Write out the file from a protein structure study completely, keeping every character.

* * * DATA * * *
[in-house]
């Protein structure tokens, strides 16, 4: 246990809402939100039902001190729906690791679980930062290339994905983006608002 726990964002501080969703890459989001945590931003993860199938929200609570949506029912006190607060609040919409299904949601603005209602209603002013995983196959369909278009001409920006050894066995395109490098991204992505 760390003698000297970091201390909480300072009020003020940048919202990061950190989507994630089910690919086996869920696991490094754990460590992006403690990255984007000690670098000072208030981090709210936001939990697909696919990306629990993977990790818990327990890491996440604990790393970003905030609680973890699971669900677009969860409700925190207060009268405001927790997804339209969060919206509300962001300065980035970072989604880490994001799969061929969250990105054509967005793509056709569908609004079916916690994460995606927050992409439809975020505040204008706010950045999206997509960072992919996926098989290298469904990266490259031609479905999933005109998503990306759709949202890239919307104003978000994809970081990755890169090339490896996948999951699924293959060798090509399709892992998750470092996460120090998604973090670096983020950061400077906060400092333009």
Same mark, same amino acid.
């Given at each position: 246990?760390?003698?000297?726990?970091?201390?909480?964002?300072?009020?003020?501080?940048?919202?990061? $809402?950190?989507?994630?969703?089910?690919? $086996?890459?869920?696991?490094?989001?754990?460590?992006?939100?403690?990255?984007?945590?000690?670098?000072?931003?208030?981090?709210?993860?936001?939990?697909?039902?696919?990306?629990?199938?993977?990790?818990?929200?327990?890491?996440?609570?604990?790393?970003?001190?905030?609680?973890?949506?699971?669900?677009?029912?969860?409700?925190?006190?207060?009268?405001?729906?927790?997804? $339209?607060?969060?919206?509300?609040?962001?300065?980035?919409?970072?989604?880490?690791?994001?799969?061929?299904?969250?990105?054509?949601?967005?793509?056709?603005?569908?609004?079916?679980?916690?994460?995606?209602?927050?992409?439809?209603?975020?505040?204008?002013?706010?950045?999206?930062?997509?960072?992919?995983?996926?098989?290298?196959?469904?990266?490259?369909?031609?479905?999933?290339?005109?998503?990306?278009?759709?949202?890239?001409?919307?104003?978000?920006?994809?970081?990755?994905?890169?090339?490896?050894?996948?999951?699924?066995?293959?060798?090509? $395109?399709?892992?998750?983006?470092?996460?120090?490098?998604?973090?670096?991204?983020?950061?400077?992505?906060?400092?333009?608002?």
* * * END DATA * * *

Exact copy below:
[in-house]
């Protein structure tokens, strides 16, 4: 246990809402939100039902001190729906690791679980930062290339994905983006608002 726990964002501080969703890459989001945590931003993860199938929200609570949506029912006190607060609040919409299904949601603005209602209603002013995983196959369909278009001409920006050894066995395109490098991204992505 760390003698000297970091201390909480300072009020003020940048919202990061950190989507994630089910690919086996869920696991490094754990460590992006403690990255984007000690670098000072208030981090709210936001939990697909696919990306629990993977990790818990327990890491996440604990790393970003905030609680973890699971669900677009969860409700925190207060009268405001927790997804339209969060919206509300962001300065980035970072989604880490994001799969061929969250990105054509967005793509056709569908609004079916916690994460995606927050992409439809975020505040204008706010950045999206997509960072992919996926098989290298469904990266490259031609479905999933005109998503990306759709949202890239919307104003978000994809970081990755890169090339490896996948999951699924293959060798090509399709892992998750470092996460120090998604973090670096983020950061400077906060400092333009």
Same mark, same amino acid.
């Given at each position: 246990?760390?003698?000297?726990?970091?201390?909480?964002?300072?009020?003020?501080?940048?919202?990061? $809402?950190?989507?994630?969703?089910?690919? $086996?890459?869920?696991?490094?989001?754990?460590?992006?939100?403690?990255?984007?945590?000690?670098?000072?931003?208030?981090?709210?993860?936001?939990?697909?039902?696919?990306?629990?199938?993977?990790?818990?929200?327990?890491?996440?609570?604990?790393?970003?001190?905030?609680?973890?949506?699971?669900?677009?029912?969860?409700?925190?006190?207060?009268?405001?729906?927790?997804? $339209?607060?969060?919206?509300?609040?962001?300065?980035?919409?970072?989604?880490?690791?994001?799969?061929?299904?969250?990105?054509?949601?967005?793509?056709?603005?569908?609004?079916?679980?916690?994460?995606?209602?927050?992409?439809?209603?975020?505040?204008?002013?706010?950045?999206?930062?997509?960072?992919?995983?996926?098989?290298?196959?469904?990266?490259?369909?031609?479905?999933?290339?005109?998503?990306?278009?759709?949202?890239?001409?919307?104003?978000?920006?994809?970081?990755?994905?890169?090339?490896?050894?996948?999951?699924?066995?293959?060798?090509? $395109?399709?892992?998750?983006?470092?996460?120090?490098?998604?973090?670096?991204?983020?950061?400077?992505?906060?400092?333009?608002?």